Pittsburgh — US miner Corsa Coal intends to extend its trading activities longer term and ramp up low-vol coking coal production as it meets higher US domestic steel-related demand for 2019, the company's CEO said in an interview.
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Corsa expects organic growth at mines in Pennsylvania and Maryland and sees the potential for acquisitions to support its trading portfolio, CEO George Dethlefsen said. US coking coal spot export prices have climbed through August and September, narrowing discounts with the Australian premium HCC benchmark.
"Corsa is pursuing a Glencore business model, as a basic premise to utilize its assets and resources, with the most efficient and profitable way possible," said Dethlefsen.
Increased sales volumes through trading will help lower overall costs per ton by absorbing fixed costs, as well as serving to establish relationships with international customers and building future growth potential, he added.
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Corsa is sold out for 2018 sales volume, based on a 2.1 million-2.3 million st target, and is making 2019 sales using a supply chain allowing for a wide range of coal qualities and options. US low-vol supply tightened as the key Pinnacle longwall mine faced geological issues, at a time of higher demand into US coke plants and export blends.
US miners, including Corsa, are said to have begun settling coal contract sales with US domestic buyers for 2019 at higher prices than for 2018, with timings last year dictating the scale of the increase. Price increases of more than 30% year on year may be expected in some cases, sources said.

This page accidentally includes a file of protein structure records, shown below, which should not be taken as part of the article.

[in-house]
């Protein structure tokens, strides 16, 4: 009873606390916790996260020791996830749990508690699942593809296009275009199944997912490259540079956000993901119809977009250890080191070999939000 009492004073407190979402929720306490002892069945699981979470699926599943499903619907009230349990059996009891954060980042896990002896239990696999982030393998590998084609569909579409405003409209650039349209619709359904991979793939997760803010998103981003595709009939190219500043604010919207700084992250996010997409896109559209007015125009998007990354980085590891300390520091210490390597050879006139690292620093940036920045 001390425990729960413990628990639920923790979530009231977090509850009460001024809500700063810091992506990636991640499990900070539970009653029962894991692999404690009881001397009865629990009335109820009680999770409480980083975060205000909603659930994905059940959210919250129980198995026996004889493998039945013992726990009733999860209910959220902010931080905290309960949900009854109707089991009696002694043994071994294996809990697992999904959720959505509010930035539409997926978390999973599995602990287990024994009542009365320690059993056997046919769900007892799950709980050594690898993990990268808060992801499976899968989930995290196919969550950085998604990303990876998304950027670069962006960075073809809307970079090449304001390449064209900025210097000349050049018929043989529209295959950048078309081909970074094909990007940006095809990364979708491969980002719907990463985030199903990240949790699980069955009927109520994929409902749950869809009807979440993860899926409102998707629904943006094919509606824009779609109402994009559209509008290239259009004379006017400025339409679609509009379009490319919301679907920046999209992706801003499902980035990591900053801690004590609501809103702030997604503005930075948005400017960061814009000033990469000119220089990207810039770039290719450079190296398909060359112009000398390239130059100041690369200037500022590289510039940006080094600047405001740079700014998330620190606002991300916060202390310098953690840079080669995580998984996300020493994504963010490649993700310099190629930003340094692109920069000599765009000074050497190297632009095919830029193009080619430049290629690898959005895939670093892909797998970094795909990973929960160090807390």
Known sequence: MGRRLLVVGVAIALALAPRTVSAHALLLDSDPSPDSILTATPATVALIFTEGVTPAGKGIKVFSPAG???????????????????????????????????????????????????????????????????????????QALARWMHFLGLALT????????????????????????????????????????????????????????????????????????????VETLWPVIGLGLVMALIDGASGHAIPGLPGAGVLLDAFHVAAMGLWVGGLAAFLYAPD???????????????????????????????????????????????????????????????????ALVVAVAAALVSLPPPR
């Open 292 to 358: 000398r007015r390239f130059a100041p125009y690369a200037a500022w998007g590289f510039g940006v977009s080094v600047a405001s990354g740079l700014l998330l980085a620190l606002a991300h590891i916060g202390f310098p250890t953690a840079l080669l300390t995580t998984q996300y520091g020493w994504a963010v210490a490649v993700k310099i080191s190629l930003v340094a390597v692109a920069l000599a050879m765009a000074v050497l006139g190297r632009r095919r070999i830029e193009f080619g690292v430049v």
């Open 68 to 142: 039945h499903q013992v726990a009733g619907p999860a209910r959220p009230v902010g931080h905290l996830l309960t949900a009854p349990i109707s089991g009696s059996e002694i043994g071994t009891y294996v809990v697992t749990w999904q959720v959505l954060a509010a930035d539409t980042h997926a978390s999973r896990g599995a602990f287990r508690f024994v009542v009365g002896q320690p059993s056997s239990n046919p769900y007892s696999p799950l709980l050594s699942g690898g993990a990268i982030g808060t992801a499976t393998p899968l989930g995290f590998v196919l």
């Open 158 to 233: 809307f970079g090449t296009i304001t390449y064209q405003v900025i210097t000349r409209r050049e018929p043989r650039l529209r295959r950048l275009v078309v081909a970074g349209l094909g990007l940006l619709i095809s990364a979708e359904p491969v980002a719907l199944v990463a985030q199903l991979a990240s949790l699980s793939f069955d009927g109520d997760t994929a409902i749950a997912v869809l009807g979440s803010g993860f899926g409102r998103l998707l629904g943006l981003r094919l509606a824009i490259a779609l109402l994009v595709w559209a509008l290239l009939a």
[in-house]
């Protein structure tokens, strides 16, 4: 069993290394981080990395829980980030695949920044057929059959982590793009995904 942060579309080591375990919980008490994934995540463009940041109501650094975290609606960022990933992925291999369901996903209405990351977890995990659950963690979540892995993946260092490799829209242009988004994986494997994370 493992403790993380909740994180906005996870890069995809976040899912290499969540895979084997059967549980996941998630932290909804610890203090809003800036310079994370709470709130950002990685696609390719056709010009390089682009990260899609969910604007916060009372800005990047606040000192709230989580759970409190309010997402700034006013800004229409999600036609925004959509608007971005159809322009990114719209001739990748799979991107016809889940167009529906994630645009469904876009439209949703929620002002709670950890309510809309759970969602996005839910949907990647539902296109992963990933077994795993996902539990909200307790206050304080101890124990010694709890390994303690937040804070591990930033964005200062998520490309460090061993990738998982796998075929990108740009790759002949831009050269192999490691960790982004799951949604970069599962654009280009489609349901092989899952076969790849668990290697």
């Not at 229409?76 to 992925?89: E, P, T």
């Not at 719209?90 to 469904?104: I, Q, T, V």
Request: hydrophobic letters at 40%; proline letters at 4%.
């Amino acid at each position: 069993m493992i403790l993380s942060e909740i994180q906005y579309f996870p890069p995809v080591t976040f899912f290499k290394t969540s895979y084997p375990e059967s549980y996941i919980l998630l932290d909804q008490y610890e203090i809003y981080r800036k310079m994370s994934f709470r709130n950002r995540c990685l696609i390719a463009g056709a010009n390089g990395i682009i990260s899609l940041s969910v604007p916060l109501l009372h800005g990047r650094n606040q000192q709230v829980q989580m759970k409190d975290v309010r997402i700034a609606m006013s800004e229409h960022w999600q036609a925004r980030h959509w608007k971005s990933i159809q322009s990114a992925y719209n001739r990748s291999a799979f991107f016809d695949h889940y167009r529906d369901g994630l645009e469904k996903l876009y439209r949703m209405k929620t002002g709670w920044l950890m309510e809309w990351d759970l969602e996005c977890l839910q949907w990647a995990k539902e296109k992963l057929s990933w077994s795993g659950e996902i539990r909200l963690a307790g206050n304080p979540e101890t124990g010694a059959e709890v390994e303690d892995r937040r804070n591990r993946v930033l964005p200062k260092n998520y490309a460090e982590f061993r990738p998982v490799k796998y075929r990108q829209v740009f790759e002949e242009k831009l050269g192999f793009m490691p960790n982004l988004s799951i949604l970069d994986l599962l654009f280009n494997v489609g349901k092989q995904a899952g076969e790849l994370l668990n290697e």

As a company with low-vol coking coal assets and access to rail lines served by Norfolk Southern and CSX, blending and processing other grades from third parties have led sales into Turkey, Egypt and other markets.
By providing transportation and stockpiling, the company is adding to efficiencies and revenue potential in marketing a larger range of coals.
Dethlefsen has brought in experienced traders to manage and develop this strategy over the past few years: Fred Cushmore, who is VP and head of international sales, and earlier this year Matt Schicke, who assumed the role of chief commercial officer and prior was head of coal at Noble Americas Corp. in Houston.
Both have experience trading coal and solid fuels for several international trading groups, involved in physical sales and trading, origination and risk management. Dethlefsen worked at investor Quintana Capital Partners and Goldman Sachs.
Schicke has described the strategy for Corsa is to become a solution provider to customers, where a deep understanding and competitive offering in logistics, sourcing, quality and risk management complements mined coal sales.
To do this, the company will usually require additional working capital and will need to manage additional credit performance risks associated with the value-added services, Schicke said in an interview this month for conference producer Smithers.
Corsa is opening two new mines, one in 2019 and another in 2020 to boost low-vol output, Dethlefsen told the Platts Coal Marketing Days conference in Pittsburgh on Friday.
The company has just opened up the Horning Mine, and last year the greenfield Acosta mine, which complemented the Casselman mine in Maryland.
They marked the start of production growth, with Keyser and North Mine set to join in the next two years. The Quecreek coal is depleting, and tapping new mines allows qualities to improve and processing plant capacity to be fully utilized.
The recent congestion at US ports on strong export demand for US coal led to difficulties in opening up space at terminals in Baltimore and Hampton Roads and planning loadings with customers.
Railroad service has been challenging through the Appalachians and into the Midwest mills and plants, sources have said this year.